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United States Department of Agriculture

Agricultural Research Service

Research Project: INTEGRATED MANAGEMENT AND ECOLOGY OF WEED POPULATIONS IN THE SOUTHEASTERN COASTAL PLAIN

Location: Crop Protection and Management Research

Title: Comparing the risks and benefits of early applications of chlorimuron for weed control in peanut

Authors
item Johnson, Wiley
item Prostko, Eric -
item Davis, Jerry -

Submitted to: Peanut Science
Publication Type: Peer Reviewed Journal
Publication Acceptance Date: October 22, 2009
Publication Date: February 2, 2010
Citation: Johnson, W.C., Prostko, E.P., Davis, J.M. 2010. Comparing the risks and benefits of early applications of chlorimuron for weed control in peanut. Peanut Science. 37:58-62.

Interpretive Summary: Chlorimuron is applied mid-season to control Florida beggarweed in peanut. Chlorimuron can be applied from 60 days after emergence (DAE) until 45 days before harvest. Peanut are more tolerant of chlorimuron applied mid-season than when applied early-season. However, Florida beggarweed are often too large for consistent control once peanut are old enough for treatment. It would be useful for peanut growers to apply chlorimuron earlier than 60 DAE and presumably to younger Florida beggarweed for more consistent control and protect peanut from weed competition. Trials were conducted to determine if the benefits of controlling smaller Florida beggarweed with chlorimuron applied earlier in the season compensate for increased risk of peanut injury. Chlorimuron (9 g ai/ha) was applied at 21, 35, 49, 63, 77, and 91 DAE. Additionally, flumioxazin (105 g ai/ha) PRE was included as a treated control, along with a nontreated control. Main plots were split into subplots; weed-free and weeds present. The only treatment that effectively controlled Florida beggarweed was flumioxazin PRE. Chlorimuron controlled Florida beggarweed 38 to 67%, with applications at 21 and 35 DAE more efficacious than chlorimuron applied later. With weeds present, peanut treated with chlorimuron at any time of application yielded less than peanut treated with flumioxazin PRE. Weed free peanut treated with chlorimuron at any time of application yielded less than peanut treated with flumioxazin PRE. These data indicate that chlorimuron can be applied earlier than 60 DAE and provide better Florida beggarweed control with greater peanut yields than when applied at the recommended time intervals. However, Florida beggarweed control and peanut yields from any of the chlorimuron treatments were consistently less than flumioxazin PRE.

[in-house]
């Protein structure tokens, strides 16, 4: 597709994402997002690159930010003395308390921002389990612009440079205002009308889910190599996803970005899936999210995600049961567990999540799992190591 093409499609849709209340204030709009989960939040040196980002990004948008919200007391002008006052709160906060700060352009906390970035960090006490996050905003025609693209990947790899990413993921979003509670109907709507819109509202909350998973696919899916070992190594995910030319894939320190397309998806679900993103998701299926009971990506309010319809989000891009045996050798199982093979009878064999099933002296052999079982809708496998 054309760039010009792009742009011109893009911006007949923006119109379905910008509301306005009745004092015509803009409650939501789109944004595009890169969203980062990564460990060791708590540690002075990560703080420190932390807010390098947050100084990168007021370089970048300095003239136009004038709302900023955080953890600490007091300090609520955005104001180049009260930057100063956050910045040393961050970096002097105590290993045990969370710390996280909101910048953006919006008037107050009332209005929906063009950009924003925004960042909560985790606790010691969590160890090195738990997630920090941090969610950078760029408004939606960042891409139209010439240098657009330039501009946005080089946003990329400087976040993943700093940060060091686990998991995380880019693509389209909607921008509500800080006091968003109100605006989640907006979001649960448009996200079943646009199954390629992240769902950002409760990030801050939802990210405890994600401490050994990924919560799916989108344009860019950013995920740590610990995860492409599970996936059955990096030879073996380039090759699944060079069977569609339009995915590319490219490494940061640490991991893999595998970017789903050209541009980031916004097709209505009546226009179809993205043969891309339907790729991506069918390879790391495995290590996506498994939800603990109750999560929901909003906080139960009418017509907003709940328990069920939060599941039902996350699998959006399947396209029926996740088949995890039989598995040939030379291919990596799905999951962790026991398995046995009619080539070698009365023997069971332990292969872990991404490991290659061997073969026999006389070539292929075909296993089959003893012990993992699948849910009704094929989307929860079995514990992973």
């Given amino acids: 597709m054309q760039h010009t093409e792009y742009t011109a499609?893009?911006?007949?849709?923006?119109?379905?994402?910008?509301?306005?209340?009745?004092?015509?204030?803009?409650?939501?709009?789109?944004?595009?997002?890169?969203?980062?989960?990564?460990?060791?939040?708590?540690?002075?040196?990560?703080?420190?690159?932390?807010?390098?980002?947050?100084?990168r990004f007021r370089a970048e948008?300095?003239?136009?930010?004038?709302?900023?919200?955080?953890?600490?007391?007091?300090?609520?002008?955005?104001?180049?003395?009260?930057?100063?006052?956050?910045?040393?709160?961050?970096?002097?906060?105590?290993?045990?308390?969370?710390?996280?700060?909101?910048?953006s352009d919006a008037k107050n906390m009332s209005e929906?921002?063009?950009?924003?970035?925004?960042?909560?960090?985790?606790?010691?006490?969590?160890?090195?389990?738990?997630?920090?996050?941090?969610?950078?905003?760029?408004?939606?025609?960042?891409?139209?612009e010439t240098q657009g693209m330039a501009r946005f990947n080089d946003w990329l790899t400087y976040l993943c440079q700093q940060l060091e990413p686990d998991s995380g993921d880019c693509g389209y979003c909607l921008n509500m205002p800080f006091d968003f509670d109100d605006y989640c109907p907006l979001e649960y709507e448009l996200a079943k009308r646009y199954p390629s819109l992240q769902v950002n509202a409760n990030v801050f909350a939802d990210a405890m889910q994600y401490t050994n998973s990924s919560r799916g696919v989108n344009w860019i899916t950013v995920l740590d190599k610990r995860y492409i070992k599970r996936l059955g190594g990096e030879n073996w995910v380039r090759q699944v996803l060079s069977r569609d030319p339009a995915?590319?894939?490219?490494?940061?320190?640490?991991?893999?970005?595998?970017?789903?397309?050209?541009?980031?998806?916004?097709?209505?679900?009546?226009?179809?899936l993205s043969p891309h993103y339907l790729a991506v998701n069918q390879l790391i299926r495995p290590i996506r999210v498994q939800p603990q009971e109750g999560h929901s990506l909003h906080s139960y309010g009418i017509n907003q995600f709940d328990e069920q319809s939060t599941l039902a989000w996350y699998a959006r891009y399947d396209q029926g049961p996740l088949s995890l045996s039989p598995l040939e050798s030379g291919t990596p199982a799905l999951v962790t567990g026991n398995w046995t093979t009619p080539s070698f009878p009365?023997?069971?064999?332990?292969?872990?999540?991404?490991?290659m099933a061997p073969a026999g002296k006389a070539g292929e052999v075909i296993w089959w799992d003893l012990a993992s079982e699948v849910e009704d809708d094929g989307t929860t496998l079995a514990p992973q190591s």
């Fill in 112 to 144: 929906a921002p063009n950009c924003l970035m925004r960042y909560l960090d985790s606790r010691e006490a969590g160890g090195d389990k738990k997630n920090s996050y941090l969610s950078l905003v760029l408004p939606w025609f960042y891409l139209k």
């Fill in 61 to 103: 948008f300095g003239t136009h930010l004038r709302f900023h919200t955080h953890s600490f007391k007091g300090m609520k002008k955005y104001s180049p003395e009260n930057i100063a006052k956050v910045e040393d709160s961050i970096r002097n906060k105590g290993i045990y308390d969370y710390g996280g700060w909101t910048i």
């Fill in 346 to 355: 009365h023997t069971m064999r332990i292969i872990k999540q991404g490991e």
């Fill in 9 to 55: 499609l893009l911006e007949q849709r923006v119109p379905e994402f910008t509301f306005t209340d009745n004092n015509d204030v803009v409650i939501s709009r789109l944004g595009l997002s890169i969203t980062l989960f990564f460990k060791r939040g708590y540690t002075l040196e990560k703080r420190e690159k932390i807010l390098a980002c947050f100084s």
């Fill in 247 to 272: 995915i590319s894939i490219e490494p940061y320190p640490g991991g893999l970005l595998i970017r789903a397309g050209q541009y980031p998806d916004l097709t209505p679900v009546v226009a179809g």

Technical Abstract: Chlorimuron is applied mid-season to control Florida beggarweed in peanut. Chlorimuron can be applied from 60 days after emergence (DAE) until 45 days prior to harvest. Trials were conducted in Georgia to determine if the benefits of controlling smaller Florida beggarweed with chlorimuron applied earlier in the season compensate for increased risk of peanut injury. Chlorimuron (9 g ai/ha) was applied at 21, 35, 49, 63, 77, and 91 DAE. Additionally, flumioxazin (105 g ai/ha) PRE was included as a treated control, along with a nontreated control. Main plots were split into subplots; weed-free and weeds present. The only treatment that effectively controlled Florida beggarweed was flumioxazin PRE. Chlorimuron controlled Florida beggarweed 38 to 67%, with applications at 21 and 35 DAE more efficacious than chlorimuron applied later. With weeds present, peanut treated with chlorimuron at any time of application yielded less than peanut treated with flumioxazin PRE. Weed free peanut treated with chlorimuron at any time of application yielded less than peanut treated with flumioxazin PRE. These data indicate that chlorimuron can be applied earlier than 60 DAE and provide better Florida beggarweed control with greater peanut yields than when applied at the recommended time intervals. However, Florida beggarweed control and peanut yields from any of the chlorimuron treatments were consistently less than flumioxazin PRE.

Last Modified: 8/21/2014
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